Property boss Lewis Allsopp says there is no such thing as a bad real-estate market
Allsopp & Allsopp founder: 'I went from being sacked in the UK to driving a Rolls-Royce in Dubai'
Lewis Allsopp is chief executive of the Dubai real-estate agency Allsopp & Allsopp. Set-up 10 years ago and run alongside his older brother Carl, it now employs more than 200 people, with branches in Dubai and England.
British animal lover Mr Allsopp, 32, lives in Victory Heights with two dogs, a rescued cat and his wife Georgia, who is expecting their first child next year.
How did your upbringing shape your attitude towards money?
I was brought up in Coventry in the UK. We were a normal family, with Ford Mondeos. Mum is a cook for a school and my father a successful businessperson. Later on in my upbringing, around 13/14 in 1990, he floated a telecoms business on the stock exchange; from a £1,000 (Dh4,819) start-up to £90m market cap. He’s been involved in oil and gas, and had a business where he took people down to the Titanic with a subsea explorer. All these entrepreneurial things I was surrounded by… it ended up in my DNA. I was never "gifted" anything, though. For Allsopp & Allsopp, there was no money from Dad. We’ve never been a handout family – you work for your earnings. If I took pocket money, I had to clean the car or wash dishes.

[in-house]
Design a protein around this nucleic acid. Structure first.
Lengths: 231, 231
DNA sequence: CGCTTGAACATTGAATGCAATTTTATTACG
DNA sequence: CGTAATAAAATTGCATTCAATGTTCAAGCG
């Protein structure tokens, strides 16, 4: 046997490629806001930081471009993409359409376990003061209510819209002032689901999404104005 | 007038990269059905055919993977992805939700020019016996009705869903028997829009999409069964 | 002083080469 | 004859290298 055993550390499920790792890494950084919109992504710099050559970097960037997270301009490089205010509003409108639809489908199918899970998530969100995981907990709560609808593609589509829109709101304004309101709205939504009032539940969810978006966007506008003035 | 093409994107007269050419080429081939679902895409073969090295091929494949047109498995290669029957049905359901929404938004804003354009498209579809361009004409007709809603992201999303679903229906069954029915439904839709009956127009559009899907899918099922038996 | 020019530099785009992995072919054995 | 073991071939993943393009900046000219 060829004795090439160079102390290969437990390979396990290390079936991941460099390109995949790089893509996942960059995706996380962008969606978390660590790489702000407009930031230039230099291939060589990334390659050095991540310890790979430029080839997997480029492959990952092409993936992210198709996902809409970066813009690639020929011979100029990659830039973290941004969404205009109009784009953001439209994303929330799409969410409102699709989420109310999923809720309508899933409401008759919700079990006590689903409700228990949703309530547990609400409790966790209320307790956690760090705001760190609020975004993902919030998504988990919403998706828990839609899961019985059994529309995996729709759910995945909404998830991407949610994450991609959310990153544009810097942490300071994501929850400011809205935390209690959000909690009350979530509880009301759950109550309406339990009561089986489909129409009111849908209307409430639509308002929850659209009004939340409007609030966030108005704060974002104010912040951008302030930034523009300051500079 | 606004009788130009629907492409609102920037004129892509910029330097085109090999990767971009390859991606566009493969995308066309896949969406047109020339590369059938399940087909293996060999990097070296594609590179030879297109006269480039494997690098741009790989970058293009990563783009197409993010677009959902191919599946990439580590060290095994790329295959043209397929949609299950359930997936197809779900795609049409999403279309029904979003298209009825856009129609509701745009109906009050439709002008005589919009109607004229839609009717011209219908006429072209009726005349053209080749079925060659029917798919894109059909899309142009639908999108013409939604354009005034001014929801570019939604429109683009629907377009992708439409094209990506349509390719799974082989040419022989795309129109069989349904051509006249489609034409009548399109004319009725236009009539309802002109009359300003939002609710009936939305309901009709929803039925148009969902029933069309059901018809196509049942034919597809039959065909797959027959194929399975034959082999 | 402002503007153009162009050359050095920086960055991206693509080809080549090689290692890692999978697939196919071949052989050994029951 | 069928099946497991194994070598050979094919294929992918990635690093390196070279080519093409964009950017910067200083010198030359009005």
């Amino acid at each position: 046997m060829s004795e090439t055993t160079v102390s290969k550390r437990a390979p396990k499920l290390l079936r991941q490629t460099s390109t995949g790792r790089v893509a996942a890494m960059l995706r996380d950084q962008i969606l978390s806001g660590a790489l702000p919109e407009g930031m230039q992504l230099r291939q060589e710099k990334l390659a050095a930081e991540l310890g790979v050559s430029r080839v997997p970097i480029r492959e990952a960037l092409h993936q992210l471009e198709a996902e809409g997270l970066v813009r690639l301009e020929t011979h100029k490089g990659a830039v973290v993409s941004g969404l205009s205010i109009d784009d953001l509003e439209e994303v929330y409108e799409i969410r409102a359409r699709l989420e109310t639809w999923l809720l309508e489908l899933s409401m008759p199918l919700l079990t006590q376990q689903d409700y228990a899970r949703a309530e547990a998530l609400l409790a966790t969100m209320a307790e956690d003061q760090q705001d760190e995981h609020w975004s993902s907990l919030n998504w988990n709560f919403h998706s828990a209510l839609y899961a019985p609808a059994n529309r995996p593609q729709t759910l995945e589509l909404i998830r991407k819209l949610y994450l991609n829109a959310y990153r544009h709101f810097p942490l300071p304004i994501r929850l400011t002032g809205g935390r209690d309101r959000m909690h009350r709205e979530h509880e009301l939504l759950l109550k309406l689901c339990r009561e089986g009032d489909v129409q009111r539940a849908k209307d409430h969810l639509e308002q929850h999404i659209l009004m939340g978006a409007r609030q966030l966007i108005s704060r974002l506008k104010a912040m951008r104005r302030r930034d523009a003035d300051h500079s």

What were you paid in your first job?
As a child, I was told to knock on doors and say "do you want your car cleaning", for £2 a car. My first official job, at 16, was working for a heating sales company earning £8,000 a year. My first "real" job, at 17, was at an estate agency in Coventry. My basic was £10,000, plus commission; my first year I made about £20,000. I was their number one agent, but got sacked for being "cheeky", not turning in [on time].
What brought you to Dubai?
I left that company and remember watching a programme on Dubai, how it was built. My dad knew the guy on the TV. I phoned him, said I was an estate agent, booked a flight and came over a few days after getting sacked on January 4, 2006. I was 18, accepted a job on commission-only, and got stitched up [over commission]. So I joined Sherwoods for a year-and-a-half. I did really well there and from that point moving forward got headhunted.
How did your agency come about?
Before Allsopp & Allsopp, I worked with a developer with a real-estate-agency arm; Dh50,000 basic, 33 per cent commission. Dubai was coming out of the boom. My brother, Carl, had just moved to Dubai and I said "we can do this", so started Allsopp & Allsopp. We did the branding, the launch, fitted the office out. The day we got the keys, we opened the newspaper and it said "2008 world recession". It was actually the best thing that could have happened [for us] because the estate agents of the day, their overheads were so high and we were at rock bottom. For me, there’s no such thing as a bad market; there’s either a buyers' market or a sellers' market. Dubai doesn’t just grind to a halt.
Do you have a philosophy about money?